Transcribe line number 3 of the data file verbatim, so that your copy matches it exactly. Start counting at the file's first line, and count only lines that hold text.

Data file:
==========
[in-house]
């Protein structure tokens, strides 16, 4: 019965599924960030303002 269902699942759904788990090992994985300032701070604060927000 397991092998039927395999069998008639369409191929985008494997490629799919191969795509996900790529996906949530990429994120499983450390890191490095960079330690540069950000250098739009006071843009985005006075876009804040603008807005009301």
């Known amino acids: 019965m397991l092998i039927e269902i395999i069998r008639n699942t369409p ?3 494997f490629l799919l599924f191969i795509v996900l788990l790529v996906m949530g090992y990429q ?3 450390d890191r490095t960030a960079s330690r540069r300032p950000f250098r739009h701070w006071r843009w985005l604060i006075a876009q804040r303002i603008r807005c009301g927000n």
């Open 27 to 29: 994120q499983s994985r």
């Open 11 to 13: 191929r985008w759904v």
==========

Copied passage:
């Known amino acids: 019965m397991l092998i039927e269902i395999i069998r008639n699942t369409p ?3 494997f490629l799919l599924f191969i795509v996900l788990l790529v996906m949530g090992y990429q ?3 450390d890191r490095t960030a960079s330690r540069r300032p950000f250098r739009h701070w006071r843009w985005l604060i006075a876009q804040r303002i603008r807005c009301g927000n």